Use this URL to cite or link to this record in EThOS: http://ethos.bl.uk/OrderDetails.do?uin=uk.bl.ethos.525270
Title: Electronic band structure of carbon nanomaterials
Author: Chuang, Kai-Chieh
Awarding Body: University of Oxford
Current Institution: University of Oxford
Date of Award: 2009
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Abstract:
This thesis reports the study of electronic structures for single-walled carbon nanotubes, single layer graphene and thin graphite. A brief introduction is given in Chapter 1 for the geometric and electronic structures of the materials studied while a review for the theory and experimental results relevant to this thesis is given in Chapter 2. The effects of hydrostatic pressure on surfactant-wrapped-single walled carbon nanotubes are studied in Chapter 3 by using photoluminscence and photoluminscence excitation mapping. It is found that the changes to the optical properties can be explained by the compression in carbon-carbon bonds, an effective uniaxial strain exerted on the nanotubes and changes in the surrounding environment leading to changes in the many-body interactions experienced by the nanotubes. Chapter 4 reports the study of cross-polarized photoluminescence of nanotubes isolated by conjugated polymers dispersed in solvents. The effects of Coulomb interactions on the optical bandgaps of the nanotubes are discussed here. Chapter 5 reports Cyclotron resonances studies of graphene monolayers. It is found that a significant asymmetry exists between the electron and hole band structures near the Dirac point, and the asymmetry is bigger than that is expected in a simple tight-binding model. Chapter 6 reports a magnetoabsorption study of the electronic structures near the K- and H- points. It is found that the transitions are not describe well by the conventional Slonczewski-Weiss-McClure model, but can be described instead with a simplified asymmetric effective bilayer model.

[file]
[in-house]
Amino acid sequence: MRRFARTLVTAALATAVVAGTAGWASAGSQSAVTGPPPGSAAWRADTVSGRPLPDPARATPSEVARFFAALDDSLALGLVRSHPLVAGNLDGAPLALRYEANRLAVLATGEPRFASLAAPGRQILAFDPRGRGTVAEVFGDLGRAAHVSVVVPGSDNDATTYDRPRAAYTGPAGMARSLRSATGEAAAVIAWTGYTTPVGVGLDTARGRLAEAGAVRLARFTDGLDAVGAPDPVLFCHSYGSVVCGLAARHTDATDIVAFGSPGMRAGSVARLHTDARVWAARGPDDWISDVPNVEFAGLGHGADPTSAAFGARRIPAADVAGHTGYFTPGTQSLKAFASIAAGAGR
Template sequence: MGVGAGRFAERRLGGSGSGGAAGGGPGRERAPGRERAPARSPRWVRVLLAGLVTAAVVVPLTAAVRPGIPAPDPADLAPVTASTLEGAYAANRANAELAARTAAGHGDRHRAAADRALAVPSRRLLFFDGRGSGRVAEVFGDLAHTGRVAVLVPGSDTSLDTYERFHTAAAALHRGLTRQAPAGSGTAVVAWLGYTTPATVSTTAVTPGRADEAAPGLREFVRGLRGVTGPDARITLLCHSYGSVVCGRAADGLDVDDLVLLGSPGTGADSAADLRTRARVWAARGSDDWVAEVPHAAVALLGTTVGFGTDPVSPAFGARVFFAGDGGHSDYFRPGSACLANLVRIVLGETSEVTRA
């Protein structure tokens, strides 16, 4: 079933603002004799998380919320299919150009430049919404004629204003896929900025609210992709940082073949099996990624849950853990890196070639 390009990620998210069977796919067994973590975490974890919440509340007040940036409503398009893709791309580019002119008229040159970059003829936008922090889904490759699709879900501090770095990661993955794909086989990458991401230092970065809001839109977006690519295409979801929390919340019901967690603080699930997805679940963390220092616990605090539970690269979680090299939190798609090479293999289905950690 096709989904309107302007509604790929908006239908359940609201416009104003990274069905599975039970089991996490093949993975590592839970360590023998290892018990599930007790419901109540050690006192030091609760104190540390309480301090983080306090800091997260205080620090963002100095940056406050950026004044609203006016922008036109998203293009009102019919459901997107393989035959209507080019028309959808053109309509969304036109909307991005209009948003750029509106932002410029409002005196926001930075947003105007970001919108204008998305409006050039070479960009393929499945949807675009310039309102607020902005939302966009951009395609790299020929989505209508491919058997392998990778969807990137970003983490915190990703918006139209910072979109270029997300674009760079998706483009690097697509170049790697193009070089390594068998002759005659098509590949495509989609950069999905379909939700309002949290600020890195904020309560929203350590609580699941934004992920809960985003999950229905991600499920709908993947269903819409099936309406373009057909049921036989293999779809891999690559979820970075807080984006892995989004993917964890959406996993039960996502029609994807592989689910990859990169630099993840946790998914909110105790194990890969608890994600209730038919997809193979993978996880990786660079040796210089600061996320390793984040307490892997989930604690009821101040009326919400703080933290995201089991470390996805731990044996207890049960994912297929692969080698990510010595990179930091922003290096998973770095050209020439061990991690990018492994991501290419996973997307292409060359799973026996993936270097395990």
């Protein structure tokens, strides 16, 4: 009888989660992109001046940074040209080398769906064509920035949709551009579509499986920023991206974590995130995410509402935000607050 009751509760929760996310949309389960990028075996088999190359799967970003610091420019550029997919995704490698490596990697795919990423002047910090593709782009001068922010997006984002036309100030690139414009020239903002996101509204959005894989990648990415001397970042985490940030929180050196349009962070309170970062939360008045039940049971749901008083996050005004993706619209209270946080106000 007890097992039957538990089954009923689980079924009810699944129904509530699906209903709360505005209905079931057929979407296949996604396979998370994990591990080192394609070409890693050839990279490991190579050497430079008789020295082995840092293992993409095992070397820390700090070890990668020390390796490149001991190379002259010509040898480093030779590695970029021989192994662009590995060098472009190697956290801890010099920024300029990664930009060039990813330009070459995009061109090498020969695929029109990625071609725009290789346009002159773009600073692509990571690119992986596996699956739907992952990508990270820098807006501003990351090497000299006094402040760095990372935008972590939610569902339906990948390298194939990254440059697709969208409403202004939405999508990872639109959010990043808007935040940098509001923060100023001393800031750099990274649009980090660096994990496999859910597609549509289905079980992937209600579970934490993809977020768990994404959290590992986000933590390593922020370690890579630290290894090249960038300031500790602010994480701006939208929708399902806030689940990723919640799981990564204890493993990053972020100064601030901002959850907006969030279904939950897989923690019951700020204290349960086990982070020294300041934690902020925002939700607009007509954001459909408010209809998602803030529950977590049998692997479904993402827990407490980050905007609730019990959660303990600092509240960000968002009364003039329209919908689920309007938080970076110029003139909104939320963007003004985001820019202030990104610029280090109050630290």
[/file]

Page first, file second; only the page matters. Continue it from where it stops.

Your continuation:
Supervisor: Nicholas, Robin J. Sponsor: Not available
Qualification Name: Thesis (Ph.D.) Qualification Level: Doctoral
EThOS ID: uk.bl.ethos.525270  DOI: Not available
Keywords: Physical Sciences ; Physics ; Condensed matter theory ; Nanotubes ; Graphene ; Photoluminescence ; Cyclotron Resonance
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